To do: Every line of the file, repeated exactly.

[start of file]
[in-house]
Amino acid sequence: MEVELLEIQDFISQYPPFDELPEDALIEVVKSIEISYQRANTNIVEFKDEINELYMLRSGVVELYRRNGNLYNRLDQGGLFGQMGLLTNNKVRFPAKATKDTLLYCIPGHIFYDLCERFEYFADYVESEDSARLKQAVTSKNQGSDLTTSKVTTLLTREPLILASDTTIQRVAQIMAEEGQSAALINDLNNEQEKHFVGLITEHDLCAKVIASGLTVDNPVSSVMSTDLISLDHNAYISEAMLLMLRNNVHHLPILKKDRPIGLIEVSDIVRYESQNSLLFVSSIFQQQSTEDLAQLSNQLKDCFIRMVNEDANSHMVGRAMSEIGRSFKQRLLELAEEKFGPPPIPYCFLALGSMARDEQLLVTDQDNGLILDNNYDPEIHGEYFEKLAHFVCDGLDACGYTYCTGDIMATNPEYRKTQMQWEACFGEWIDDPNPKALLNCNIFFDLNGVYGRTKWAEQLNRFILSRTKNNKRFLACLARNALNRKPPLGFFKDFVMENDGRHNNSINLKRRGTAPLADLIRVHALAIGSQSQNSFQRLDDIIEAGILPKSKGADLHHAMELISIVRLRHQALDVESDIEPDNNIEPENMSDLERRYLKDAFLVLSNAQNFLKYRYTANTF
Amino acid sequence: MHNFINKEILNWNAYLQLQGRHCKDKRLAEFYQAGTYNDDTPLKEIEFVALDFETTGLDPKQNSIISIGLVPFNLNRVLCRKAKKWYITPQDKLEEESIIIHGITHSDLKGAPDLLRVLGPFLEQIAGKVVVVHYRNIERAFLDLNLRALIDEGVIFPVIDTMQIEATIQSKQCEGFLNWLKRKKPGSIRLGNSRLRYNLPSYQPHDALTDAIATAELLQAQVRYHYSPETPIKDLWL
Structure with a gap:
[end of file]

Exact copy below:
[in-house]
Amino acid sequence: MEVELLEIQDFISQYPPFDELPEDALIEVVKSIEISYQRANTNIVEFKDEINELYMLRSGVVELYRRNGNLYNRLDQGGLFGQMGLLTNNKVRFPAKATKDTLLYCIPGHIFYDLCERFEYFADYVESEDSARLKQAVTSKNQGSDLTTSKVTTLLTREPLILASDTTIQRVAQIMAEEGQSAALINDLNNEQEKHFVGLITEHDLCAKVIASGLTVDNPVSSVMSTDLISLDHNAYISEAMLLMLRNNVHHLPILKKDRPIGLIEVSDIVRYESQNSLLFVSSIFQQQSTEDLAQLSNQLKDCFIRMVNEDANSHMVGRAMSEIGRSFKQRLLELAEEKFGPPPIPYCFLALGSMARDEQLLVTDQDNGLILDNNYDPEIHGEYFEKLAHFVCDGLDACGYTYCTGDIMATNPEYRKTQMQWEACFGEWIDDPNPKALLNCNIFFDLNGVYGRTKWAEQLNRFILSRTKNNKRFLACLARNALNRKPPLGFFKDFVMENDGRHNNSINLKRRGTAPLADLIRVHALAIGSQSQNSFQRLDDIIEAGILPKSKGADLHHAMELISIVRLRHQALDVESDIEPDNNIEPENMSDLERRYLKDAFLVLSNAQNFLKYRYTANTF
Amino acid sequence: MHNFINKEILNWNAYLQLQGRHCKDKRLAEFYQAGTYNDDTPLKEIEFVALDFETTGLDPKQNSIISIGLVPFNLNRVLCRKAKKWYITPQDKLEEESIIIHGITHSDLKGAPDLLRVLGPFLEQIAGKVVVVHYRNIERAFLDLNLRALIDEGVIFPVIDTMQIEATIQSKQCEGFLNWLKRKKPGSIRLGNSRLRYNLPSYQPHDALTDAIATAELLQAQVRYHYSPETPIKDLWL
Structure with a gap: